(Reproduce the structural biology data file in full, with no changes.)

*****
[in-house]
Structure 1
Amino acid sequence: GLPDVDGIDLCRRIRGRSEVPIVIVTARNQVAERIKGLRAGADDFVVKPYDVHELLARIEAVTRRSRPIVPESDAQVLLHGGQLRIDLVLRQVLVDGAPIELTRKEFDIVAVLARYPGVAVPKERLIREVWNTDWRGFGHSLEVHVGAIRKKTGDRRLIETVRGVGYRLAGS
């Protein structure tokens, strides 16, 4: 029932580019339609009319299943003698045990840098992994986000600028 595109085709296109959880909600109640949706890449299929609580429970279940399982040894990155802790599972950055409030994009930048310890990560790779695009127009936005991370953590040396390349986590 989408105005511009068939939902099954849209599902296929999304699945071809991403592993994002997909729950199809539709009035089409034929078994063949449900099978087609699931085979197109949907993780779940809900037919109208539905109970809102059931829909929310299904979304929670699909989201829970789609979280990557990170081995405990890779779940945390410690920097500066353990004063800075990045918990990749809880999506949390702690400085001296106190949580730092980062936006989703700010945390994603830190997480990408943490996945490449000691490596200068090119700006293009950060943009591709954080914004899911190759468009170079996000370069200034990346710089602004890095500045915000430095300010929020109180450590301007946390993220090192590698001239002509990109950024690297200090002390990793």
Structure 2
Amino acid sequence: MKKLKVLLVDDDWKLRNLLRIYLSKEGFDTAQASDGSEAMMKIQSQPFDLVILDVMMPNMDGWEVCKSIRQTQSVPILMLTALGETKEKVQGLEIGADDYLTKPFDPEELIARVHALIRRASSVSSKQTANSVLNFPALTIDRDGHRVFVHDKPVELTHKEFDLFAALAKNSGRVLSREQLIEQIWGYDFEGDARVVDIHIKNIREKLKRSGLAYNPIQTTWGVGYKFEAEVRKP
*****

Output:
[in-house]
Structure 1
Amino acid sequence: GLPDVDGIDLCRRIRGRSEVPIVIVTARNQVAERIKGLRAGADDFVVKPYDVHELLARIEAVTRRSRPIVPESDAQVLLHGGQLRIDLVLRQVLVDGAPIELTRKEFDIVAVLARYPGVAVPKERLIREVWNTDWRGFGHSLEVHVGAIRKKTGDRRLIETVRGVGYRLAGS
């Protein structure tokens, strides 16, 4: 029932580019339609009319299943003698045990840098992994986000600028 595109085709296109959880909600109640949706890449299929609580429970279940399982040894990155802790599972950055409030994009930048310890990560790779695009127009936005991370953590040396390349986590 989408105005511009068939939902099954849209599902296929999304699945071809991403592993994002997909729950199809539709009035089409034929078994063949449900099978087609699931085979197109949907993780779940809900037919109208539905109970809102059931829909929310299904979304929670699909989201829970789609979280990557990170081995405990890779779940945390410690920097500066353990004063800075990045918990990749809880999506949390702690400085001296106190949580730092980062936006989703700010945390994603830190997480990408943490996945490449000691490596200068090119700006293009950060943009591709954080914004899911190759468009170079996000370069200034990346710089602004890095500045915000430095300010929020109180450590301007946390993220090192590698001239002509990109950024690297200090002390990793």
Structure 2
Amino acid sequence: MKKLKVLLVDDDWKLRNLLRIYLSKEGFDTAQASDGSEAMMKIQSQPFDLVILDVMMPNMDGWEVCKSIRQTQSVPILMLTALGETKEKVQGLEIGADDYLTKPFDPEELIARVHALIRRASSVSSKQTANSVLNFPALTIDRDGHRVFVHDKPVELTHKEFDLFAALAKNSGRVLSREQLIEQIWGYDFEGDARVVDIHIKNIREKLKRSGLAYNPIQTTWGVGYKFEAEVRKP